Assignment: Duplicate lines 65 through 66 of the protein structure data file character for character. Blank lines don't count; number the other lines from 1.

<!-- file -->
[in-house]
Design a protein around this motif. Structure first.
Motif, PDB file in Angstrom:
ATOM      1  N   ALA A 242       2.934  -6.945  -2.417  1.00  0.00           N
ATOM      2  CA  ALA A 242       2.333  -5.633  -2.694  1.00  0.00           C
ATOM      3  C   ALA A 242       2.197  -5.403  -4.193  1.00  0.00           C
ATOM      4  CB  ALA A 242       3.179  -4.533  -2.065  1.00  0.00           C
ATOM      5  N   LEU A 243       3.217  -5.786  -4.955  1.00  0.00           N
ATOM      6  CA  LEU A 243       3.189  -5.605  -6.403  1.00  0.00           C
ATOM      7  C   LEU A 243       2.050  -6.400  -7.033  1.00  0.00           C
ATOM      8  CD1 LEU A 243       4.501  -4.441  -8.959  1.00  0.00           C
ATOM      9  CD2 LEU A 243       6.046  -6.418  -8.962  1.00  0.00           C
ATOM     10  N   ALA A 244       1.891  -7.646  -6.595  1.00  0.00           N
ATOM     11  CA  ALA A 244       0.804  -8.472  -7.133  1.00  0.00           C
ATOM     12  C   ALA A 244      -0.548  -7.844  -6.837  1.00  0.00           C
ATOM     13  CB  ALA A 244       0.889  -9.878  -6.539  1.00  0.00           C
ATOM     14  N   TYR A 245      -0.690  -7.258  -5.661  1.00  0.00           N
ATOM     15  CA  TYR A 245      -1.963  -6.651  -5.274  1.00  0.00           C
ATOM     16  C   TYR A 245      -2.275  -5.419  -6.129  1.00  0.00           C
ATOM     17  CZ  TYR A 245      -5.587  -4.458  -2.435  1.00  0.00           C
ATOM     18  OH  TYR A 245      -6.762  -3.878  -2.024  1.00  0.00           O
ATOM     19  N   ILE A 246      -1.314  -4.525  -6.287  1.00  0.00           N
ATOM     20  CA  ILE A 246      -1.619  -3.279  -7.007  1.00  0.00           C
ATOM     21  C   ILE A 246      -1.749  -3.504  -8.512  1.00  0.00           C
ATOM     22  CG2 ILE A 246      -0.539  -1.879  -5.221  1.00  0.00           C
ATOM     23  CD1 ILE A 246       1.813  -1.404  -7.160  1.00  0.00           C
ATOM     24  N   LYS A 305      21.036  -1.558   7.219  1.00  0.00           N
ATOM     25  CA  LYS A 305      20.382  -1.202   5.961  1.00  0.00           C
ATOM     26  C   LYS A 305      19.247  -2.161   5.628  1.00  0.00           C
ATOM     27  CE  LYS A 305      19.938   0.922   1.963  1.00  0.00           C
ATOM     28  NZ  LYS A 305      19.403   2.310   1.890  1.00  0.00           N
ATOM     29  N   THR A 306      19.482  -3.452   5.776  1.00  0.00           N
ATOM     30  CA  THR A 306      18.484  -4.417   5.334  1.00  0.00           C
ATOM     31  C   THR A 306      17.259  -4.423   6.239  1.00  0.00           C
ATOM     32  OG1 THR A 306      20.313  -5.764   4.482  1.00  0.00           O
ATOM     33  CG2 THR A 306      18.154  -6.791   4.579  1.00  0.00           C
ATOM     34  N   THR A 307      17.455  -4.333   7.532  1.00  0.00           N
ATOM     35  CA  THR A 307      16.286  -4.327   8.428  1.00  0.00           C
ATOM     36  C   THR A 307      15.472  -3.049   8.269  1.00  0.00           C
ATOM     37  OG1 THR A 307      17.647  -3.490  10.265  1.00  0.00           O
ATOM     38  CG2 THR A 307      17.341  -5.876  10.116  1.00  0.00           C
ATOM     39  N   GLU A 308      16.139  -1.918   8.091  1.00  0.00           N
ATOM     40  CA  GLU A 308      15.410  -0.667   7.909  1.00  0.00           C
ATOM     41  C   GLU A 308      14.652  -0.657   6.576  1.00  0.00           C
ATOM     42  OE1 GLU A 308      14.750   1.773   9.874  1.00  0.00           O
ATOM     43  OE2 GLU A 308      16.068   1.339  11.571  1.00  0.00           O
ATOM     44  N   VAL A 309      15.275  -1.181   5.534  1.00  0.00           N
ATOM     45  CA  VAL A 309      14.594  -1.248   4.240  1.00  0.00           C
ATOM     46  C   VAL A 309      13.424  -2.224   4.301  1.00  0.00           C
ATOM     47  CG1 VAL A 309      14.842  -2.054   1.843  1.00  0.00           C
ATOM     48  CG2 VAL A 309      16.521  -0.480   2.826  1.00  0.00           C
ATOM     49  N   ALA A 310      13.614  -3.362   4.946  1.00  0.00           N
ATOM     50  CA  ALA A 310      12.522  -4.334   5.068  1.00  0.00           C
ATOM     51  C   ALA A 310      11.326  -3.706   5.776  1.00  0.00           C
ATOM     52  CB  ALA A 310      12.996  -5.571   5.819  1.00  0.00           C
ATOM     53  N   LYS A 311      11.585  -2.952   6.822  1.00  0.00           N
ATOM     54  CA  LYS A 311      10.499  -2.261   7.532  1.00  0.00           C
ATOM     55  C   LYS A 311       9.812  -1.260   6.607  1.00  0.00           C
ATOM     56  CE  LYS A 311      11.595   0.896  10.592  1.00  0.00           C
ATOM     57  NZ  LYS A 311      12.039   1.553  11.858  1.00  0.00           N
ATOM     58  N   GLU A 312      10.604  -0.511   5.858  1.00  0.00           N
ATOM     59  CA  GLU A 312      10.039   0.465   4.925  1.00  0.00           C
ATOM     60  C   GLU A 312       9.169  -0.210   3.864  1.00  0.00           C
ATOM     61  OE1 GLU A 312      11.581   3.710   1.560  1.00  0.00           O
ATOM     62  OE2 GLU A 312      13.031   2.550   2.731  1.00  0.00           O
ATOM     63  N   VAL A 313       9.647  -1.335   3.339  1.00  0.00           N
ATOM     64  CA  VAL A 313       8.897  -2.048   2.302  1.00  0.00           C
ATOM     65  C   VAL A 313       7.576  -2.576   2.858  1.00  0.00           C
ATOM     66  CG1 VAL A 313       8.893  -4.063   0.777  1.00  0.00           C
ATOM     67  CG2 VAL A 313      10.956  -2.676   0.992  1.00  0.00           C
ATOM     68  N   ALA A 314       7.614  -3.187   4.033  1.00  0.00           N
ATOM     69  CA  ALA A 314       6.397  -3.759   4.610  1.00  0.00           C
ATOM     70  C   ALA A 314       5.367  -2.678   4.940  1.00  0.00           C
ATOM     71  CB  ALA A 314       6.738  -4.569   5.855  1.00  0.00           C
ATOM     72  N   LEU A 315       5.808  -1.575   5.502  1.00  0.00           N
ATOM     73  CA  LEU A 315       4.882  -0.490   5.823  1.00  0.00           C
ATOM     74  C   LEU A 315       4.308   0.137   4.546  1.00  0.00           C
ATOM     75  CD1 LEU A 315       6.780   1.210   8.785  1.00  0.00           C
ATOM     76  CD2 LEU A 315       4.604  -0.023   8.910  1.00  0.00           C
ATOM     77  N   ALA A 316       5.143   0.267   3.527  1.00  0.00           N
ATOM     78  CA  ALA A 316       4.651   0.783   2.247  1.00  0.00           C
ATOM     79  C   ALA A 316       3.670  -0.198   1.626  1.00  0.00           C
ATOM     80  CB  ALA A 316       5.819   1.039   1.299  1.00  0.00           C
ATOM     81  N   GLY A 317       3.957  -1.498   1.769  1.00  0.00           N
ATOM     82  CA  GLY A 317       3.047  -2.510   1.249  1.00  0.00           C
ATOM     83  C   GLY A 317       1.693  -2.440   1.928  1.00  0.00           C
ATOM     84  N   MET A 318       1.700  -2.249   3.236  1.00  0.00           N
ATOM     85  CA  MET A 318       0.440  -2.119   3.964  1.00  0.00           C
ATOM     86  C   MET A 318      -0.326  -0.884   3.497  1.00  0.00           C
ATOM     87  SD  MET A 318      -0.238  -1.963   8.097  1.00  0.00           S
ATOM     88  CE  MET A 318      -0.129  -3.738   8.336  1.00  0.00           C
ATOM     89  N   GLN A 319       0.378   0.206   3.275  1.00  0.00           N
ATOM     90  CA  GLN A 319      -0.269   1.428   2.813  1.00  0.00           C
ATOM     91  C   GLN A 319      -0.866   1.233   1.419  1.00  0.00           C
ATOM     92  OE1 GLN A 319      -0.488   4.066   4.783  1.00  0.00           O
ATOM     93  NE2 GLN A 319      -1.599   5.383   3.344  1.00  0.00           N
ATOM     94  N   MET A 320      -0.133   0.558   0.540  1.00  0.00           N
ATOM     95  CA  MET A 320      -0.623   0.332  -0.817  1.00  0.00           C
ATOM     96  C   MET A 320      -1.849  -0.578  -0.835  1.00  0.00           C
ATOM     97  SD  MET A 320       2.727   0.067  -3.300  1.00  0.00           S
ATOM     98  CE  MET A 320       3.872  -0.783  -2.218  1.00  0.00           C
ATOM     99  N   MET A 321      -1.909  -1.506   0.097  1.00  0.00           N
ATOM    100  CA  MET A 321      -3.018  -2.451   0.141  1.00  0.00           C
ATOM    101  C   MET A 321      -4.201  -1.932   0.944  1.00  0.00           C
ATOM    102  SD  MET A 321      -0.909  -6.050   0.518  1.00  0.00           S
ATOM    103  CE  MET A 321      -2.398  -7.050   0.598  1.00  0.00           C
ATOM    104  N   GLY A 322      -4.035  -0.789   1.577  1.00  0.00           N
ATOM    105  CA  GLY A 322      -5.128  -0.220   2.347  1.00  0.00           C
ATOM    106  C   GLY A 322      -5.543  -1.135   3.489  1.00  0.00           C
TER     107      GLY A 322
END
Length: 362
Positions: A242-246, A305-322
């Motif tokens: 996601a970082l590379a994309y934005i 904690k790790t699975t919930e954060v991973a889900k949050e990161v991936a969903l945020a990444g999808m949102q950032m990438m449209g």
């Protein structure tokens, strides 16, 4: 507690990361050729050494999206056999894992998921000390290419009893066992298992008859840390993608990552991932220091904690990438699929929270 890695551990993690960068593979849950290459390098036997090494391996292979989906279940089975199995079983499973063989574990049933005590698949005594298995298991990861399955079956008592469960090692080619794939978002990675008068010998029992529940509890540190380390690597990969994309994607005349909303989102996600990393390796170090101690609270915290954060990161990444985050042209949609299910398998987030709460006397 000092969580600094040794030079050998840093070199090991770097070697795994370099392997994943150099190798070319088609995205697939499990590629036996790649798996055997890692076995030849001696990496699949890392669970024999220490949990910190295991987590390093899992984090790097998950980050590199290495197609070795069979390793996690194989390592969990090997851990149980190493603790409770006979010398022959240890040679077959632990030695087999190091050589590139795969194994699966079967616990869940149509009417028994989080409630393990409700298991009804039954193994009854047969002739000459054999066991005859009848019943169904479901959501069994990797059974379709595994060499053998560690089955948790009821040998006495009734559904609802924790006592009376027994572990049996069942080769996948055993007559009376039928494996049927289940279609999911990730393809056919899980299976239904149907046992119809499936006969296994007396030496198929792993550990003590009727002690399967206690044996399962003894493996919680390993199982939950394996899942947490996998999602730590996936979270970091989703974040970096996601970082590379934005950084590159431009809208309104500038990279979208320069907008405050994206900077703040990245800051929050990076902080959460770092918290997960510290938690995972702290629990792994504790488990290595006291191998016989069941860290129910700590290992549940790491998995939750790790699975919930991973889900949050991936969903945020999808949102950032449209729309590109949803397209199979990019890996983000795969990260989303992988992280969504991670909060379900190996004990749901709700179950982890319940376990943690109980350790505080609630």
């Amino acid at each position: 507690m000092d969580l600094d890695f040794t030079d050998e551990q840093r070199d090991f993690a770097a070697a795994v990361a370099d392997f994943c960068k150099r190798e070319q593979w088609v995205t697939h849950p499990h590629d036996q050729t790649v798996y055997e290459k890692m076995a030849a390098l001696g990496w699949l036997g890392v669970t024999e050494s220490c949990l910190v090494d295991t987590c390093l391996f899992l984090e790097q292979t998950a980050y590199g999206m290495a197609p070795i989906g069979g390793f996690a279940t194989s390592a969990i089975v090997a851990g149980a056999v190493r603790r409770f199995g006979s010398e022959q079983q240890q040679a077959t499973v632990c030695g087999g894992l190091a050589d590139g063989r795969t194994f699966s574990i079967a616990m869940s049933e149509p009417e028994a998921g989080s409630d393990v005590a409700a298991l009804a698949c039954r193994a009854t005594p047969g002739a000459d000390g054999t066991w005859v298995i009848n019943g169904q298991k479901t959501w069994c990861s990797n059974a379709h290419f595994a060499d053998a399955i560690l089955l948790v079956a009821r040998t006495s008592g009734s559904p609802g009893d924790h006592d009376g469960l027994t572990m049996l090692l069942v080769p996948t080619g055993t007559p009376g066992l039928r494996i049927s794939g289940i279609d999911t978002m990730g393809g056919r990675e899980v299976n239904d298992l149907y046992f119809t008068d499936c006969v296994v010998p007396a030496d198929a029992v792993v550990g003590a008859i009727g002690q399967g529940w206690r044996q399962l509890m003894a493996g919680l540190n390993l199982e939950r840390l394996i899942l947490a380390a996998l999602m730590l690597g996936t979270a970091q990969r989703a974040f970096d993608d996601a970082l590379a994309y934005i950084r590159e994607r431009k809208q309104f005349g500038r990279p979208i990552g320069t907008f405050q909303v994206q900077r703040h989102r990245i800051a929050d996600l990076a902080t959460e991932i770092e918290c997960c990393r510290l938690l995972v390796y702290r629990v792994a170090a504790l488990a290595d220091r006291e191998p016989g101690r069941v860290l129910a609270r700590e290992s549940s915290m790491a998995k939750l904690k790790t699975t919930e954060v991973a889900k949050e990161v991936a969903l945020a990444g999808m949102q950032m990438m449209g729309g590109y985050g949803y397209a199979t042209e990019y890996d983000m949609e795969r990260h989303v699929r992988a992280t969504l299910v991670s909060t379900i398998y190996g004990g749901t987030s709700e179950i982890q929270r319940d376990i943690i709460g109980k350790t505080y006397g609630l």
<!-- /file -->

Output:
ATOM     62  OE2 GLU A 312      13.031   2.550   2.731  1.00  0.00           O
ATOM     63  N   VAL A 313       9.647  -1.335   3.339  1.00  0.00           N